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Man, Machine and Money: The Rationalizer


It would be a fantasy fulfilled if a machine could really make money without the user going to prison. Dream on no longer. The future is here. Or, in a nod to transparency, it is almost here.

It would be a fantasy fulfilled if a machine could really make money without the user going to prison. Dream on no longer. The future is here. Or, in a nod to transparency, it is almost here.

A new machine that is about to be marketed promises to do the trick. Royal Phillips Electronics, a global company, and an innovative group from the Dutch Bank AMB AMRO, announced the debut of the ‘Rationalizer’ this fall. It is meant to help serious home investors trade online. Though the instrument is still more of a concept than a store product, the very name suggests an addition of psychological balance for the stock trader, one that is designed to improve investment profits.

The device itself is an ultra modern emotion sensing bracelet worn on the wrist. It mirrors feelings by measuring galvanic skin response. Previous studies demonstrated that the degree of electrical conductance in the skin is directly related to the state of arousal. The ‘Rationalizer’ records this and feeds it back to the user via a light on the bracelet or a bowl nearby. The beam from the light is color coded from yellow to orange to red, the last being indicative of the most intense emotional state. This feedback gives the user a chance to respond accordingly to what the instrument is telling her—that she is having a powerful sensation. However, it does not advise her whether it is positive or negative. She must determine that herself. Then, she can adjust her trading response as she deems appropriate.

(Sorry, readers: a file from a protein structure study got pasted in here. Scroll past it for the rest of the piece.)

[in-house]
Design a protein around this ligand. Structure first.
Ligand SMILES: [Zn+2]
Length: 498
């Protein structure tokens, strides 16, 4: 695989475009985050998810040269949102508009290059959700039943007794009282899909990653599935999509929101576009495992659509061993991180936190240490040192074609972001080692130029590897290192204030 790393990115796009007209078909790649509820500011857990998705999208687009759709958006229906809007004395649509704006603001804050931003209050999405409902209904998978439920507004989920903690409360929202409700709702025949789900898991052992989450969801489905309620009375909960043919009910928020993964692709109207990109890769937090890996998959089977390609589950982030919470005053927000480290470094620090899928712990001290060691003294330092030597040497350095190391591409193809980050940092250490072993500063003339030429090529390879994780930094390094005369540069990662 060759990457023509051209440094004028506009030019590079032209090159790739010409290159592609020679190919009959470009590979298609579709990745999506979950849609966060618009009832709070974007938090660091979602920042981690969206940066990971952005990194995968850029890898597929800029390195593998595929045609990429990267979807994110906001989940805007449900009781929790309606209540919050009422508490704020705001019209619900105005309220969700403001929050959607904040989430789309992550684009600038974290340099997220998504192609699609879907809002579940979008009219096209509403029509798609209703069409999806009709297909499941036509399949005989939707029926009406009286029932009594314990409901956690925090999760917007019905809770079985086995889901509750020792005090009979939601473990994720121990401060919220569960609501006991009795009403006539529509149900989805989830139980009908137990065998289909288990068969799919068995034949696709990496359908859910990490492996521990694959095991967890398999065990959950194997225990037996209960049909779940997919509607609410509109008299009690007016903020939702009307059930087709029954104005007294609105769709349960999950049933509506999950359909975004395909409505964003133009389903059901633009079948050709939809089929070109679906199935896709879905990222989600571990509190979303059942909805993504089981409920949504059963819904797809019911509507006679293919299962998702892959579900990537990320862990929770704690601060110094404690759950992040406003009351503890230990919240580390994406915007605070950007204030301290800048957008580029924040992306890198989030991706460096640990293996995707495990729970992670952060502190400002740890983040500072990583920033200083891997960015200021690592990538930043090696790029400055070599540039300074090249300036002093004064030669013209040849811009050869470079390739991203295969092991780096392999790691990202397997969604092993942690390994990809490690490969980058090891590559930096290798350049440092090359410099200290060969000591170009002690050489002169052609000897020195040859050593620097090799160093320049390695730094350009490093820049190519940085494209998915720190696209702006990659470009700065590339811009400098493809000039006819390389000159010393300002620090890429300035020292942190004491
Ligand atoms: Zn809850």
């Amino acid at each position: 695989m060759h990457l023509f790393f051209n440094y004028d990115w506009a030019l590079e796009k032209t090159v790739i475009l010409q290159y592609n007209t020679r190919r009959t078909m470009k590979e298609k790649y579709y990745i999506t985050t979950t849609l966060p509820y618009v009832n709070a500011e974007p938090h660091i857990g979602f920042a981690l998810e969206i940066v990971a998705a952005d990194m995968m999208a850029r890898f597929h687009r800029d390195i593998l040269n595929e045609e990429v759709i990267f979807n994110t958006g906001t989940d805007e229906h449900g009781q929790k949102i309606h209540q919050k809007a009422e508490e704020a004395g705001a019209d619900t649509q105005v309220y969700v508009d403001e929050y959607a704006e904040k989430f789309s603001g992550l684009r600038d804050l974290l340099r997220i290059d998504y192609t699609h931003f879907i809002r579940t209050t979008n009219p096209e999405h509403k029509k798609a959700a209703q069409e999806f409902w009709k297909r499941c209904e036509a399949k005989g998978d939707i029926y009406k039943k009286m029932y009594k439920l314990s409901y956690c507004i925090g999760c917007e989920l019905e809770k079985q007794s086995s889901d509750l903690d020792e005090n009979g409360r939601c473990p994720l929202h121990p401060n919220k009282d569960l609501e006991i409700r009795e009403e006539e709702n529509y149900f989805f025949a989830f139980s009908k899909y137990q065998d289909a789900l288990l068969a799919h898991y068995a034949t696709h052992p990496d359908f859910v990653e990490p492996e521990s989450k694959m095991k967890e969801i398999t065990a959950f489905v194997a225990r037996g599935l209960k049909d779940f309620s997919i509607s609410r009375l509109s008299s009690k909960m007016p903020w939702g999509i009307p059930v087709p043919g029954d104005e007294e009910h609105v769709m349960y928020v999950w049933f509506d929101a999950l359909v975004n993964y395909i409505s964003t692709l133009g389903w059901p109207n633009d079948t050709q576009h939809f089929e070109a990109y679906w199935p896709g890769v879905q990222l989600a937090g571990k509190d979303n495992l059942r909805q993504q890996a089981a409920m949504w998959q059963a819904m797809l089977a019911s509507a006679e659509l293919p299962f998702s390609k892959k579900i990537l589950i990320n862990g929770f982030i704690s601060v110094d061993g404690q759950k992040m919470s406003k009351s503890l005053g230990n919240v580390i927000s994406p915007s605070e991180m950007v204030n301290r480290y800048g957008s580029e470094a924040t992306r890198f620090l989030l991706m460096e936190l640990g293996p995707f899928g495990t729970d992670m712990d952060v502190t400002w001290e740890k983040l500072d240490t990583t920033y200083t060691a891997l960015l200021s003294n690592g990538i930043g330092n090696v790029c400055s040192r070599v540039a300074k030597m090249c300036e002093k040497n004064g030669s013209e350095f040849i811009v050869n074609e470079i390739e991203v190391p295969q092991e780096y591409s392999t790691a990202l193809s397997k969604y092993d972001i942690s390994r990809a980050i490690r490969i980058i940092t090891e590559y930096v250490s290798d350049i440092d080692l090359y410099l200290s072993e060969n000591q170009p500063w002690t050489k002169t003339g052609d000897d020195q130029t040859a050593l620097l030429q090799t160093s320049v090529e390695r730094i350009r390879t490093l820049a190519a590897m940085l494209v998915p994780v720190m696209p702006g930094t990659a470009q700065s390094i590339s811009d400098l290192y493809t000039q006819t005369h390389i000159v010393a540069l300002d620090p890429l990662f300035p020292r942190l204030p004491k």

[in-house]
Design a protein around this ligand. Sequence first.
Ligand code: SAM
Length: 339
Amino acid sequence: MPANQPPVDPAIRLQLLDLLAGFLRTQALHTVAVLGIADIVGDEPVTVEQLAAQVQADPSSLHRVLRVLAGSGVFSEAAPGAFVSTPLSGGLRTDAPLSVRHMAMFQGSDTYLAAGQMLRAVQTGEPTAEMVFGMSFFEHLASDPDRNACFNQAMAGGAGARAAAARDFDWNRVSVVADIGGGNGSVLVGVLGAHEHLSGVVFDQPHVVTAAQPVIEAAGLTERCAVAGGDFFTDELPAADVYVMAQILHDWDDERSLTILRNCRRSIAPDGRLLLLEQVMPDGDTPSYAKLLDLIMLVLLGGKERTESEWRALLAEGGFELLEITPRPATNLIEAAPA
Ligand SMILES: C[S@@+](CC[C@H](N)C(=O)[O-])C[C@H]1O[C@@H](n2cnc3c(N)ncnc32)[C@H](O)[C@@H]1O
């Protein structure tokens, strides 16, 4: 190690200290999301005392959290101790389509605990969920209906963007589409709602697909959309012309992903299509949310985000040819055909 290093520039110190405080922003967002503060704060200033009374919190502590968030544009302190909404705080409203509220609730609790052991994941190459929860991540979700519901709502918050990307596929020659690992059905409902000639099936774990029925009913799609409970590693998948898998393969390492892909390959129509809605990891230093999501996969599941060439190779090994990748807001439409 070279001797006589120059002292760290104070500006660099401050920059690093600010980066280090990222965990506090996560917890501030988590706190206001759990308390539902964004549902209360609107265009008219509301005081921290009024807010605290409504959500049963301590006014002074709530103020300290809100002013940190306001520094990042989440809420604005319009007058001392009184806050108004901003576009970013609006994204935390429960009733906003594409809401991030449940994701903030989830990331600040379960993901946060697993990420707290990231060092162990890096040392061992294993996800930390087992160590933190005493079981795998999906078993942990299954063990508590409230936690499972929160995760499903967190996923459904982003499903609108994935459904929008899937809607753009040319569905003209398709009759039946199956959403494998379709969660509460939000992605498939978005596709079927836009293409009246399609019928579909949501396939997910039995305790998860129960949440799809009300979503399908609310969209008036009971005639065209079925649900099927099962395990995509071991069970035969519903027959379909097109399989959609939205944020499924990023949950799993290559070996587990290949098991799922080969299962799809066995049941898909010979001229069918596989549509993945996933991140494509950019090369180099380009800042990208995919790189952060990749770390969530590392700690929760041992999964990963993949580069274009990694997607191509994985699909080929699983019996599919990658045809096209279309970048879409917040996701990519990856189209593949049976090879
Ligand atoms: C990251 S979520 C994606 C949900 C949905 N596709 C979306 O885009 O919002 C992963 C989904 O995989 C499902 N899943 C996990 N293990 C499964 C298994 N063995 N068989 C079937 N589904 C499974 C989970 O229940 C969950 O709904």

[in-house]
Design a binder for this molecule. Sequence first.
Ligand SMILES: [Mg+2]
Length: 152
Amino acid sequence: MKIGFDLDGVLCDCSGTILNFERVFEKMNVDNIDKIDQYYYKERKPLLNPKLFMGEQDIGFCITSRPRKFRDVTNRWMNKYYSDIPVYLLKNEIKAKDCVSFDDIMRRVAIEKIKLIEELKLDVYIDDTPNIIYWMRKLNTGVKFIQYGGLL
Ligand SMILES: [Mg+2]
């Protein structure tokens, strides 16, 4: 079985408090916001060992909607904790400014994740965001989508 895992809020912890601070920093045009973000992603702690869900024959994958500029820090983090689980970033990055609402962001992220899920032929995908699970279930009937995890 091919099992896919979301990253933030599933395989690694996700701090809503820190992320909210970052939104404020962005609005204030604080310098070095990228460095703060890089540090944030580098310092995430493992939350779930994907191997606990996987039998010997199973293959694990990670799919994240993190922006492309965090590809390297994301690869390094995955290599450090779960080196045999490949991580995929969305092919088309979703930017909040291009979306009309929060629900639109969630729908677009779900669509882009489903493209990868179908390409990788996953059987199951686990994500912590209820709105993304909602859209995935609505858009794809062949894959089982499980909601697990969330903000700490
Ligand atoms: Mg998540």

A limitation of the machine is that it might best be used in conjunction with a specialist trained in helping clients achieve investing success. This individual would help assess which ‘Rationalizer’ responses are positive or negative. At present, this kind of specialist is usually hired only by professional traders due to expense. For home traders, the cost could be prohibitive.

In a nutshell, the ‘Rationalizer’ is a biofeedback device for individual investors meant to help them better buy and sell stocks and bonds. It is not yet available, but Phillips recent announcement of its development suggests that they are close to marketing it.

In many ways, this machine is like the futuristic intervention used by Jane Fonda in the 1968 film “Barbarella.” The movie, directed by Fonda’s then husband, Roger Vadim, helped her obtain pleasure, albeit of a different kind than the Phillips/ AMB AMRO project. For an example, please see “The Excessive Machine from Barbarella” on YouTube if you are willing to risk your good taste. Nevertheless, the ‘Rationalizer’ holds a similar promise of pleasure, but from money gleaned instead of Fonda’s film delights.

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